Sheffield printer helps Rally Champion raise funds for Parkinson's UK

07 Dec

2018

A Sheffield printer is helping a former British rally driver raise funds for Parkinson’s UK by keeping his book about being crowned British Champion in print.

Alistair Sutherland Mensa Printers Web

George Dawn and Alistair Sutherland with the orginal Rally Car that Alistair won the Championship in in 1986.

Against all the odds, Matlock resident Alistair Sutherland was crowned British Group B Rally Car Champion in 1986. Alistair’s book, Chance of a Lifetime, tells the epic story of him coming from last place in category in the first race to winning the title by six seconds and beating all the big names along the way.

“Winning the Championship was literally a chance of a lifetime for me. I was handed the opportunity to drive the 3-litre engine Metro 6R4 for the season. It was a car I’d never even sat in a few hours before the first race! It was an amazing year and experience with every conceivable obstacle and thrill met along the way. When I was diagnosed with Parkinson’s in 2008, I thought it would be good to tell the story and try to raise some funds for the charity at the same time. Thanks to the help I’ve had from George Dawn at Mensa Printers I’ve managed raise over £2,500, but I want to raise more, which is why we are bringing out a revised edition,” says Alistair.

“When Alistair told me about his plan to publish a book and raise funds for Parkinson’s I offered to help. Unlike conventional printers who may offer to print a bulk load of books, we keep our clients’ books in print by keeping the copy on file and printing short runs as and when they are needed. This means Alistair has been able to order books when he expects to sell them and when he gets orders. It’s cost effective and allows the book to be available for years after it would have normally gone out of print,” says George.

Alistair met George of Mensa Printers at a Chatsworth Farm Shop summer market, where George sampled some of Alistair’s company’s pates – Alistair’s family created Sutherland Spreads. Five years ago, Alistair launched Granny Mary’s, a new company based in Chesterfield which uses his grandmother’s original recipes as well as new ones the team has developed.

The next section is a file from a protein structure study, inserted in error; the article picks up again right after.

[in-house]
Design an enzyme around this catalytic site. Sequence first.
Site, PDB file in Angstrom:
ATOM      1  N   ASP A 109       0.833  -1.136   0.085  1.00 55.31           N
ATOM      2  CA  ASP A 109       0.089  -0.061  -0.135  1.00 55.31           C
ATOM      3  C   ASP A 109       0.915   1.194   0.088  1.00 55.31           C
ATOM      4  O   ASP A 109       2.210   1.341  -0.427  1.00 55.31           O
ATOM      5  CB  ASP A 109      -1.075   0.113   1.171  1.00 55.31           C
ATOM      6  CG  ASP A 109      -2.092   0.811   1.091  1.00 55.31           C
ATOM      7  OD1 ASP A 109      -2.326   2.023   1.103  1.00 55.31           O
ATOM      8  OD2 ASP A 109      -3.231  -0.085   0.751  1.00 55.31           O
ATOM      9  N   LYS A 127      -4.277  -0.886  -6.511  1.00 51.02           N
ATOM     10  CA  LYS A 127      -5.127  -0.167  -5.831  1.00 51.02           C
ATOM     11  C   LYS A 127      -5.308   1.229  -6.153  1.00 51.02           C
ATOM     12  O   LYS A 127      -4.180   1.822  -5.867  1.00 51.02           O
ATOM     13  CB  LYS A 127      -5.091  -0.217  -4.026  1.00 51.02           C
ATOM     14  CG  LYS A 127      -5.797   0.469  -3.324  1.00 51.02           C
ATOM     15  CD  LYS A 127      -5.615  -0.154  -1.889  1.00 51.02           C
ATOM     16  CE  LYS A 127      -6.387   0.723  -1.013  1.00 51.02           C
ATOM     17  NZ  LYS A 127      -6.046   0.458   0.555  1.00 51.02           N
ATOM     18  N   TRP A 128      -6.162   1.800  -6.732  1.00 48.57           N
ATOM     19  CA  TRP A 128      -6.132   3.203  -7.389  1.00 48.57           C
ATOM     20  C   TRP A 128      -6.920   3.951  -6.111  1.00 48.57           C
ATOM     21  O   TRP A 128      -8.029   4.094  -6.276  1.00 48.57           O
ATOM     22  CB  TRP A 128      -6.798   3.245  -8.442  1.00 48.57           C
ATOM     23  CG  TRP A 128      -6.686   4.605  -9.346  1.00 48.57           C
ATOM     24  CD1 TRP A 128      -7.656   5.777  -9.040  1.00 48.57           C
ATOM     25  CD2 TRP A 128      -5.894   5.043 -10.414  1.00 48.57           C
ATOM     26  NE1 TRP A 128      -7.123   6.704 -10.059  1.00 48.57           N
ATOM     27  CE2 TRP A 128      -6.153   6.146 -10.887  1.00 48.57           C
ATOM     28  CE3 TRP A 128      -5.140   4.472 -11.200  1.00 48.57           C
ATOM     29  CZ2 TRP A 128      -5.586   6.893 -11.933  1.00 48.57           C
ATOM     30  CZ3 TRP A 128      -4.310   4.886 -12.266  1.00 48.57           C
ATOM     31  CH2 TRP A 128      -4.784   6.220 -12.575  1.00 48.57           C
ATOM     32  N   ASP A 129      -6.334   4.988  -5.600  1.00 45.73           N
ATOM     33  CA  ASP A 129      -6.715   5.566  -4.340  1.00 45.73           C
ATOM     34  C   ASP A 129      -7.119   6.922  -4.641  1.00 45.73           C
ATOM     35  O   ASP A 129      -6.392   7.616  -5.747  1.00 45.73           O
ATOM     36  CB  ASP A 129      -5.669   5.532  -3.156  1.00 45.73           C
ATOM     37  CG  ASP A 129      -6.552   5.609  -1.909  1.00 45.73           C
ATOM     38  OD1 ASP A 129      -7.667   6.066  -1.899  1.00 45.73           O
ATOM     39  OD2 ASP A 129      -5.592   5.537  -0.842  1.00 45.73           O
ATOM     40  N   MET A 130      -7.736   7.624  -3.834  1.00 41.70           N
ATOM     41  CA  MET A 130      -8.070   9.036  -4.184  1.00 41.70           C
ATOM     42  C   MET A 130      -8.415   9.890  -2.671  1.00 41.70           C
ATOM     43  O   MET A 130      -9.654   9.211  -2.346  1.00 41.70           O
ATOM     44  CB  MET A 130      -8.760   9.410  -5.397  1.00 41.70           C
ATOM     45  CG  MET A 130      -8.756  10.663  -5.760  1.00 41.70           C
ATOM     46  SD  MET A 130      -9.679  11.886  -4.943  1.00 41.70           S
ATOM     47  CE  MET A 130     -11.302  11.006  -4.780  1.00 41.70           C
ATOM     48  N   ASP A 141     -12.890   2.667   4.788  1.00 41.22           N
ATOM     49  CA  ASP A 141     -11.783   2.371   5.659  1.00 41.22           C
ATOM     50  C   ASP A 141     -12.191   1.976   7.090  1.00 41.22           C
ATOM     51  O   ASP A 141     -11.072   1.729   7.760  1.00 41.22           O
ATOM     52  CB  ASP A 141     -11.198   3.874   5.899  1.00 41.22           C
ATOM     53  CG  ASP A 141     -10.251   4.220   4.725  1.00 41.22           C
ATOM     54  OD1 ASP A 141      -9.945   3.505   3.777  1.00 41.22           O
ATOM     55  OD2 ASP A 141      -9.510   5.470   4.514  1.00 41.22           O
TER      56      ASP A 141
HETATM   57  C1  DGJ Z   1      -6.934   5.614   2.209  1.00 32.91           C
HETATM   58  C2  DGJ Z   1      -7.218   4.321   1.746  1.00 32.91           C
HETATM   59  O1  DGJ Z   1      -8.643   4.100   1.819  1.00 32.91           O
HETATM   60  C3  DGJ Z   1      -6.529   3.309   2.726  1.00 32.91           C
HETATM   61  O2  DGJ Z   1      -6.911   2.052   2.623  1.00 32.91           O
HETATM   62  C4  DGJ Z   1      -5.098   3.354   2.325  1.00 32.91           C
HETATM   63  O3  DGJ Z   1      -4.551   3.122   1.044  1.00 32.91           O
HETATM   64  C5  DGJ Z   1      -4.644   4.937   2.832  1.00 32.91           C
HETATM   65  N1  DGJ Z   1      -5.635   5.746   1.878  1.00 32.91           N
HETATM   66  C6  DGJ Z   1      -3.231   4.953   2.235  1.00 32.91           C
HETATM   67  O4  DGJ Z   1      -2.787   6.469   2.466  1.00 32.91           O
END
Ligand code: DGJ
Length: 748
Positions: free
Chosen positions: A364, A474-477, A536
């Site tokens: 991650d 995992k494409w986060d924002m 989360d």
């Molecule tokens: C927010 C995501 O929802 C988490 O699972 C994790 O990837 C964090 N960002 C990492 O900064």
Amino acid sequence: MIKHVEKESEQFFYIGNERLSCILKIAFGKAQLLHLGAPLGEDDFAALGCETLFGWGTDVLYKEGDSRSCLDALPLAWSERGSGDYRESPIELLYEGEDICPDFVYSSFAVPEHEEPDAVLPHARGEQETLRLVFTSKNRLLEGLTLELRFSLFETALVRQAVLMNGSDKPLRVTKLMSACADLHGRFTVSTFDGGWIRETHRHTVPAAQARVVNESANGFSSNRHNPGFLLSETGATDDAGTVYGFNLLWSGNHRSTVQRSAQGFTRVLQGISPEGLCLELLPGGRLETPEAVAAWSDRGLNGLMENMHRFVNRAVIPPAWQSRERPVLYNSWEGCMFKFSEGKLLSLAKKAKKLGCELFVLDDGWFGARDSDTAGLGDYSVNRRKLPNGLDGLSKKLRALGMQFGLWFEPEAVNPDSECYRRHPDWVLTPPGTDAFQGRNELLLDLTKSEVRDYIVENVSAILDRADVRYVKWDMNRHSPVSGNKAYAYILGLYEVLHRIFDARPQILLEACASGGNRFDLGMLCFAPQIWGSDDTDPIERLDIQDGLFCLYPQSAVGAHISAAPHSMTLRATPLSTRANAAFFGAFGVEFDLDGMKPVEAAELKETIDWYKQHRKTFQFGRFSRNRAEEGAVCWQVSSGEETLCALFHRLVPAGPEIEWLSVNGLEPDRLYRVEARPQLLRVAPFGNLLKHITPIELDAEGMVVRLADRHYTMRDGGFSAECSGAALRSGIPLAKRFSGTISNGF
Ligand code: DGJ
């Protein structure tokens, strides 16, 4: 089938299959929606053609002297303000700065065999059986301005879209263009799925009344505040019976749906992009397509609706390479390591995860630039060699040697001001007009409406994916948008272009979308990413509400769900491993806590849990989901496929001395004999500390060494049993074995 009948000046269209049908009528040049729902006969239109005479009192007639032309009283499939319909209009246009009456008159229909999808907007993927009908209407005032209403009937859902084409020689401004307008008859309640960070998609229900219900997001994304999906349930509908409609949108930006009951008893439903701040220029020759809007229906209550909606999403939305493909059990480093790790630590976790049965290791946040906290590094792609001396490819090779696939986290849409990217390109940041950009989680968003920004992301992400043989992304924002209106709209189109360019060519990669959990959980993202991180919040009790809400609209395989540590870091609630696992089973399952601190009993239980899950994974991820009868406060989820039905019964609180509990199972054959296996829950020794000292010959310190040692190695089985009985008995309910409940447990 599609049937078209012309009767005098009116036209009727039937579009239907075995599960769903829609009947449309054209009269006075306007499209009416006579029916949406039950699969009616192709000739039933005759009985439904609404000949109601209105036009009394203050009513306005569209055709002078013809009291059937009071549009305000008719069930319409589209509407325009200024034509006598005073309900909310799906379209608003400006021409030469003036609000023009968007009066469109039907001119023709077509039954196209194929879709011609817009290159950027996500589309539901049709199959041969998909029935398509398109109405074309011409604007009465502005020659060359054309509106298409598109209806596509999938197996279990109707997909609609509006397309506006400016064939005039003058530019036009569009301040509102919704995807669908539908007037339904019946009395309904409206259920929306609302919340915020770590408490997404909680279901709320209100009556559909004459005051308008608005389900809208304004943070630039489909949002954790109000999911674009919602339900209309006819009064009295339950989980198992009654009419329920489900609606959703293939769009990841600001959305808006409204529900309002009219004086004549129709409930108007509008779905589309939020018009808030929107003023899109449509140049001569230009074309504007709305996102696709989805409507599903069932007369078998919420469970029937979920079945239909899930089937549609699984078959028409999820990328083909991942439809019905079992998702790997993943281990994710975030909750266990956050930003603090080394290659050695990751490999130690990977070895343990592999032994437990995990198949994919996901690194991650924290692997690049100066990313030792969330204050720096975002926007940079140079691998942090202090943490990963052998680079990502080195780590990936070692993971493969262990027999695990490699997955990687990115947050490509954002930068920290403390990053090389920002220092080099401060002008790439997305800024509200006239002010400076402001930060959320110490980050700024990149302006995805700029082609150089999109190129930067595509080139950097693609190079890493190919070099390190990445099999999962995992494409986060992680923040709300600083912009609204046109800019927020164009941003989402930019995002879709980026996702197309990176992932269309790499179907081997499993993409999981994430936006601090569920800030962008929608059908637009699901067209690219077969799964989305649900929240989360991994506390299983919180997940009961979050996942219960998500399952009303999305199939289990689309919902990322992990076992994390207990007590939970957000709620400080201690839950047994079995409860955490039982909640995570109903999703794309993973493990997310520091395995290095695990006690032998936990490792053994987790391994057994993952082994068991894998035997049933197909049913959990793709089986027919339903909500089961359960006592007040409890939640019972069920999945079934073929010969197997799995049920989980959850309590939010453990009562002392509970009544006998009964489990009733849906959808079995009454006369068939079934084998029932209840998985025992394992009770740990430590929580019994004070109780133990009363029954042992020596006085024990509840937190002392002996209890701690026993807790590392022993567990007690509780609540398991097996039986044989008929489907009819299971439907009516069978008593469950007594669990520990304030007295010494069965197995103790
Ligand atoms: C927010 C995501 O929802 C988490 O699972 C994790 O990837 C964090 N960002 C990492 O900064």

Alistair’s original donation was the largest single one ever made to the Chesterfield branch of Parkinson’s UK and the funds were used to enhance the lives of people with Parkinson’s in the local area through the provision of social meetings and outings, exercise activities and therapies and respite care.

“Alistair’s support for Parkinson’s UK has been fantastic, as was his achievement in becoming British Rally Champion. His story is quite remarkable, and we wish him the best of luck with his new book,” said Gerry Arber, Parkinson’s UK Chesterfield Branch Secretary.

The original book, which was first published in 2014, is the story of the “Clown Prince of Group B” as Alistair was nicknamed. Of a thrown together team of drivers and mechanics who had a dream about winning and what it took for them to achieve the dream. The revised version will look at what lessons in teamwork can be learnt from Alistair’s experience and what individuals and teams need to do in order to overcome all the odds and come out on top

1986 was the last year that Group B Rallying was staged in UK, after the Fédération Internationale de l'Automobile deemed it too dangerous a sport to continue. Although Group B Rallying is no more in the UK, it is still revered by thousands of fans here and right across Europe, with tens of thousands attending the Rally Legend events in San Marino.

“It is this audience who love rallying and people who want an insight into what it takes to become the best in your field that I think will be interested in the new edition of the book. I learnt so much from that year and have used it time and again to bring about success. If I can help others to achieve their dreams and raise funds for Parkinson’s UK, then it will be yet another goal achieved; and of course, George will be printing that one too, says Alistair.